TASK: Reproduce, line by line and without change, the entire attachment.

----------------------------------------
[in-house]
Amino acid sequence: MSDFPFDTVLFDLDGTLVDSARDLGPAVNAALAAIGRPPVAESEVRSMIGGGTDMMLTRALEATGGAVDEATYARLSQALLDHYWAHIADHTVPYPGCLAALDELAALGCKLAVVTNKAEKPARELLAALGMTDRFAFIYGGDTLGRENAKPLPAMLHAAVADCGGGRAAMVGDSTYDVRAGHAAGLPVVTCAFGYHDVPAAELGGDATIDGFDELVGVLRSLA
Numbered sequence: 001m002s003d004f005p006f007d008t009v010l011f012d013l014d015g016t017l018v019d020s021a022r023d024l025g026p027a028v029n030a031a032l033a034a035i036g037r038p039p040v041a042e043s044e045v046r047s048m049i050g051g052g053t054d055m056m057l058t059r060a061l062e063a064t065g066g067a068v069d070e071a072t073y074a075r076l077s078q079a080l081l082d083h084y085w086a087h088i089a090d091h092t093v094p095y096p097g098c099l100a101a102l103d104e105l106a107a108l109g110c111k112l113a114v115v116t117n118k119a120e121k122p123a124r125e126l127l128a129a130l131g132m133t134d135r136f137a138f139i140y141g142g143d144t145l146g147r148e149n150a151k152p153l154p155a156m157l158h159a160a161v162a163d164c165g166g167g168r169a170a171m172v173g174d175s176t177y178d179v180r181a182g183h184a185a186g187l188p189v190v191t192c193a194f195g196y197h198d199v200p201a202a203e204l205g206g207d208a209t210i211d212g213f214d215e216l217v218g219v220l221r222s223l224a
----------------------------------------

[in-house]
Amino acid sequence: MSDFPFDTVLFDLDGTLVDSARDLGPAVNAALAAIGRPPVAESEVRSMIGGGTDMMLTRALEATGGAVDEATYARLSQALLDHYWAHIADHTVPYPGCLAALDELAALGCKLAVVTNKAEKPARELLAALGMTDRFAFIYGGDTLGRENAKPLPAMLHAAVADCGGGRAAMVGDSTYDVRAGHAAGLPVVTCAFGYHDVPAAELGGDATIDGFDELVGVLRSLA
Numbered sequence: 001m002s003d004f005p006f007d008t009v010l011f012d013l014d015g016t017l018v019d020s021a022r023d024l025g026p027a028v029n030a031a032l033a034a035i036g037r038p039p040v041a042e043s044e045v046r047s048m049i050g051g052g053t054d055m056m057l058t059r060a061l062e063a064t065g066g067a068v069d070e071a072t073y074a075r076l077s078q079a080l081l082d083h084y085w086a087h088i089a090d091h092t093v094p095y096p097g098c099l100a101a102l103d104e105l106a107a108l109g110c111k112l113a114v115v116t117n118k119a120e121k122p123a124r125e126l127l128a129a130l131g132m133t134d135r136f137a138f139i140y141g142g143d144t145l146g147r148e149n150a151k152p153l154p155a156m157l158h159a160a161v162a163d164c165g166g167g168r169a170a171m172v173g174d175s176t177y178d179v180r181a182g183h184a185a186g187l188p189v190v191t192c193a194f195g196y197h198d199v200p201a202a203e204l205g206g207d208a209t210i211d212g213f214d215e216l217v218g219v220l221r222s223l224a